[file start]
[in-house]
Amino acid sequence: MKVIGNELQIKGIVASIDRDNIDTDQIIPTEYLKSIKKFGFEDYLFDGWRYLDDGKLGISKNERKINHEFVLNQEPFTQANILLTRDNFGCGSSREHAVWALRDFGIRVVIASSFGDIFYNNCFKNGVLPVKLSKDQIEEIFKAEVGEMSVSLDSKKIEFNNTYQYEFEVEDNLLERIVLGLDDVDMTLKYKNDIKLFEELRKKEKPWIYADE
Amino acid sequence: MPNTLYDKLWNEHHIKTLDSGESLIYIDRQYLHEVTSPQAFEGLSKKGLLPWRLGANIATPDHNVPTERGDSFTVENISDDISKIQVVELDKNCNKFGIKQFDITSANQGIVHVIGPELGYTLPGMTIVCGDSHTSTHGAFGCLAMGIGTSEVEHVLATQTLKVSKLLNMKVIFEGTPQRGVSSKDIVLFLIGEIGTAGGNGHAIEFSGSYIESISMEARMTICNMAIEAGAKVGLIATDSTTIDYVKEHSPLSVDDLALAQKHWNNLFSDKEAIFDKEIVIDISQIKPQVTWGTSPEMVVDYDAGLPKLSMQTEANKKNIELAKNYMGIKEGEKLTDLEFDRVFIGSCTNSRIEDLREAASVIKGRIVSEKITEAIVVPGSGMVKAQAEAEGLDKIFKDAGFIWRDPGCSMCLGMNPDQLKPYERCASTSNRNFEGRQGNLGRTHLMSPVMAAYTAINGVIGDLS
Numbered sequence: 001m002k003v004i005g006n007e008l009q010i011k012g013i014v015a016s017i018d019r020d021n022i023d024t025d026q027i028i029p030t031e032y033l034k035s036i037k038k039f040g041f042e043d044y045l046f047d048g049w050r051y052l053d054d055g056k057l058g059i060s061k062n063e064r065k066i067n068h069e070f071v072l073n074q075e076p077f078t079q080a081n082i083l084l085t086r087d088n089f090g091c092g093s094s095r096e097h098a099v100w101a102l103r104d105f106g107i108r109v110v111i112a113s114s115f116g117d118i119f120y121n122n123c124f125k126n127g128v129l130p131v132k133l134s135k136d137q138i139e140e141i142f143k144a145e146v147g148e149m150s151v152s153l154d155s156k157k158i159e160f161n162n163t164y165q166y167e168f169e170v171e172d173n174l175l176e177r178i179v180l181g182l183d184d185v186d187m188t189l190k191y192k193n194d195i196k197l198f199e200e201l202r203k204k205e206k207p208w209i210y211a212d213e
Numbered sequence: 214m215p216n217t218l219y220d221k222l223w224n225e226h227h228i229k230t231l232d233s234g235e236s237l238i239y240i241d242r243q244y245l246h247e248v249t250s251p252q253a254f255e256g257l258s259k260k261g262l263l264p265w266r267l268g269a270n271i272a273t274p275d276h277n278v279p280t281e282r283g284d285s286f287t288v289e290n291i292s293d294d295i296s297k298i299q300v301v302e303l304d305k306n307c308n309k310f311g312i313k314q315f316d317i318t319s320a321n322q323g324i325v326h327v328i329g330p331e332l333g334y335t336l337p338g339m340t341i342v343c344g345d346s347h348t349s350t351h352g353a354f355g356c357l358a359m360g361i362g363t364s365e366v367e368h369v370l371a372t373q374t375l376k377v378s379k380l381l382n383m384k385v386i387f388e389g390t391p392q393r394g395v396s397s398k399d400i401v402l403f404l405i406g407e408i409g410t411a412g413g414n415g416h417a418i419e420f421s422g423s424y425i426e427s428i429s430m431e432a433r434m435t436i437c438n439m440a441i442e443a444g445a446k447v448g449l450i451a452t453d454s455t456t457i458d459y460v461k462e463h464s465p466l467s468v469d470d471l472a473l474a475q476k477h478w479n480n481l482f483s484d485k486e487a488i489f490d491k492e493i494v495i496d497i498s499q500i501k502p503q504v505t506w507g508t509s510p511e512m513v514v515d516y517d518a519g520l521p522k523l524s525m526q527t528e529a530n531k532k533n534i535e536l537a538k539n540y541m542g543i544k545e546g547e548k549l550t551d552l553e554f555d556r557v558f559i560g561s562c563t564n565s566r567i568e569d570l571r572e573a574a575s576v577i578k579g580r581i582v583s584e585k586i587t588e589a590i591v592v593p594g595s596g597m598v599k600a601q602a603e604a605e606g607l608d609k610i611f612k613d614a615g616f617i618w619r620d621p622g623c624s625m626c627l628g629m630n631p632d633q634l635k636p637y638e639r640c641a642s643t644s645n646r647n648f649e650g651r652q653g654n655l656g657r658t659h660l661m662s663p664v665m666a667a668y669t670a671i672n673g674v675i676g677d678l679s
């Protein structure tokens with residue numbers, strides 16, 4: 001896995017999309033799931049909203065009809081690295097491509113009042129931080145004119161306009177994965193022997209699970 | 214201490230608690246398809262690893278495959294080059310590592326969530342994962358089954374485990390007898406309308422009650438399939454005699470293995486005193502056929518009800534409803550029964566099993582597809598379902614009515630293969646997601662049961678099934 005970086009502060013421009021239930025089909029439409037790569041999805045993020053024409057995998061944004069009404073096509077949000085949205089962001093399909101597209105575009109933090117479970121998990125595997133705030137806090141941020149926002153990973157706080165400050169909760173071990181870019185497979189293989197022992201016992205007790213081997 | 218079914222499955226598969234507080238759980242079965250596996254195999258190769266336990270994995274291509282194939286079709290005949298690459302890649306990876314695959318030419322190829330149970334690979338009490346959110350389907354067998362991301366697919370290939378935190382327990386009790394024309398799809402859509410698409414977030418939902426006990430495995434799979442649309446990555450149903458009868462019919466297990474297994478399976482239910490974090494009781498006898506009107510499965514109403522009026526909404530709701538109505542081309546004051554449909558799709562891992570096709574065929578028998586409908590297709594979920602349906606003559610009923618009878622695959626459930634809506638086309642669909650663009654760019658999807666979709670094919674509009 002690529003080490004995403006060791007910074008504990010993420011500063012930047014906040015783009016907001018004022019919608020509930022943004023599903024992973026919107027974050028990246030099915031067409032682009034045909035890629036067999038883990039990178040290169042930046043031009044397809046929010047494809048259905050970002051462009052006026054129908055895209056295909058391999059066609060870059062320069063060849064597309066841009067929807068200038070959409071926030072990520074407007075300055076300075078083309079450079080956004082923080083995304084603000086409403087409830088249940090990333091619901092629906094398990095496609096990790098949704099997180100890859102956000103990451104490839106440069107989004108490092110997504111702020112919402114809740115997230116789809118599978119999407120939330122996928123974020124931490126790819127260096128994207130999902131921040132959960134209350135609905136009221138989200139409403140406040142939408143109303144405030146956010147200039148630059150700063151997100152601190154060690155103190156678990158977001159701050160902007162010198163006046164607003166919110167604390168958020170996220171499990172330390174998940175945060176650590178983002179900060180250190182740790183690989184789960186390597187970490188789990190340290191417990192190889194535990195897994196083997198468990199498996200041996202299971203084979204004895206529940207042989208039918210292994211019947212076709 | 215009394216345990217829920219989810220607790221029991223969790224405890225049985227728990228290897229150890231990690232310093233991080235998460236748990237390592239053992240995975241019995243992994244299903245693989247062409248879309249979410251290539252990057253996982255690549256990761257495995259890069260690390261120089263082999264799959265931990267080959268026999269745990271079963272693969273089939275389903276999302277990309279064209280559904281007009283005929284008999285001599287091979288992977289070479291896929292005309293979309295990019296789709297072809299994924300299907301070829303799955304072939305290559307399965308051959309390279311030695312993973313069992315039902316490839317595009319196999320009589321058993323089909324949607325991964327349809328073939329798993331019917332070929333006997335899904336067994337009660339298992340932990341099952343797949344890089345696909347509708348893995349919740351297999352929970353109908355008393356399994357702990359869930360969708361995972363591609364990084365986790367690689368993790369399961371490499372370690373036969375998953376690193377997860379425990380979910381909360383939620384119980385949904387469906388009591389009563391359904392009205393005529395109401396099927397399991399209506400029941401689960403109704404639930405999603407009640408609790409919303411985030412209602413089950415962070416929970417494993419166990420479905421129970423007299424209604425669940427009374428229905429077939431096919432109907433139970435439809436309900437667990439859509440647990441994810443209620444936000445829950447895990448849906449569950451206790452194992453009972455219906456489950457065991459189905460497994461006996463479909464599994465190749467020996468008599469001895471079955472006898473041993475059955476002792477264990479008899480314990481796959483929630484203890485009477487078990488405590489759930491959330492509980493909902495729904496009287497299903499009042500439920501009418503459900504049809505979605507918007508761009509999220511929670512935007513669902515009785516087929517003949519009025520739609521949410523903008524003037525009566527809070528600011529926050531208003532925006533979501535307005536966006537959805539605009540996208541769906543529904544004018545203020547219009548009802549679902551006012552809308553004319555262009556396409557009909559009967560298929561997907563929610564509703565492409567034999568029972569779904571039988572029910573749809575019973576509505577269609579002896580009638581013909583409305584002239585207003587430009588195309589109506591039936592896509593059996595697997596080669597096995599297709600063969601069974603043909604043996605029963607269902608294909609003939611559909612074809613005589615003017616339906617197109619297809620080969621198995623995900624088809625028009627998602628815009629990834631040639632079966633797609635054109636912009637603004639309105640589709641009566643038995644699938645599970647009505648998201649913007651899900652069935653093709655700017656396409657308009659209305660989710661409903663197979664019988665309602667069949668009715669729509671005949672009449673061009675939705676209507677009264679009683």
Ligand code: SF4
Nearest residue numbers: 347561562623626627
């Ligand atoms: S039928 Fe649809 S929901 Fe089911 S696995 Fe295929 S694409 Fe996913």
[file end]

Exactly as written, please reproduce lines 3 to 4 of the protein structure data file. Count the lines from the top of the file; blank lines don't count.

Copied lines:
Amino acid sequence: MPNTLYDKLWNEHHIKTLDSGESLIYIDRQYLHEVTSPQAFEGLSKKGLLPWRLGANIATPDHNVPTERGDSFTVENISDDISKIQVVELDKNCNKFGIKQFDITSANQGIVHVIGPELGYTLPGMTIVCGDSHTSTHGAFGCLAMGIGTSEVEHVLATQTLKVSKLLNMKVIFEGTPQRGVSSKDIVLFLIGEIGTAGGNGHAIEFSGSYIESISMEARMTICNMAIEAGAKVGLIATDSTTIDYVKEHSPLSVDDLALAQKHWNNLFSDKEAIFDKEIVIDISQIKPQVTWGTSPEMVVDYDAGLPKLSMQTEANKKNIELAKNYMGIKEGEKLTDLEFDRVFIGSCTNSRIEDLREAASVIKGRIVSEKITEAIVVPGSGMVKAQAEAEGLDKIFKDAGFIWRDPGCSMCLGMNPDQLKPYERCASTSNRNFEGRQGNLGRTHLMSPVMAAYTAINGVIGDLS
Numbered sequence: 001m002k003v004i005g006n007e008l009q010i011k012g013i014v015a016s017i018d019r020d021n022i023d024t025d026q027i028i029p030t031e032y033l034k035s036i037k038k039f040g041f042e043d044y045l046f047d048g049w050r051y052l053d054d055g056k057l058g059i060s061k062n063e064r065k066i067n068h069e070f071v072l073n074q075e076p077f078t079q080a081n082i083l084l085t086r087d088n089f090g091c092g093s094s095r096e097h098a099v100w101a102l103r104d105f106g107i108r109v110v111i112a113s114s115f116g117d118i119f120y121n122n123c124f125k126n127g128v129l130p131v132k133l134s135k136d137q138i139e140e141i142f143k144a145e146v147g148e149m150s151v152s153l154d155s156k157k158i159e160f161n162n163t164y165q166y167e168f169e170v171e172d173n174l175l176e177r178i179v180l181g182l183d184d185v186d187m188t189l190k191y192k193n194d195i196k197l198f199e200e201l202r203k204k205e206k207p208w209i210y211a212d213e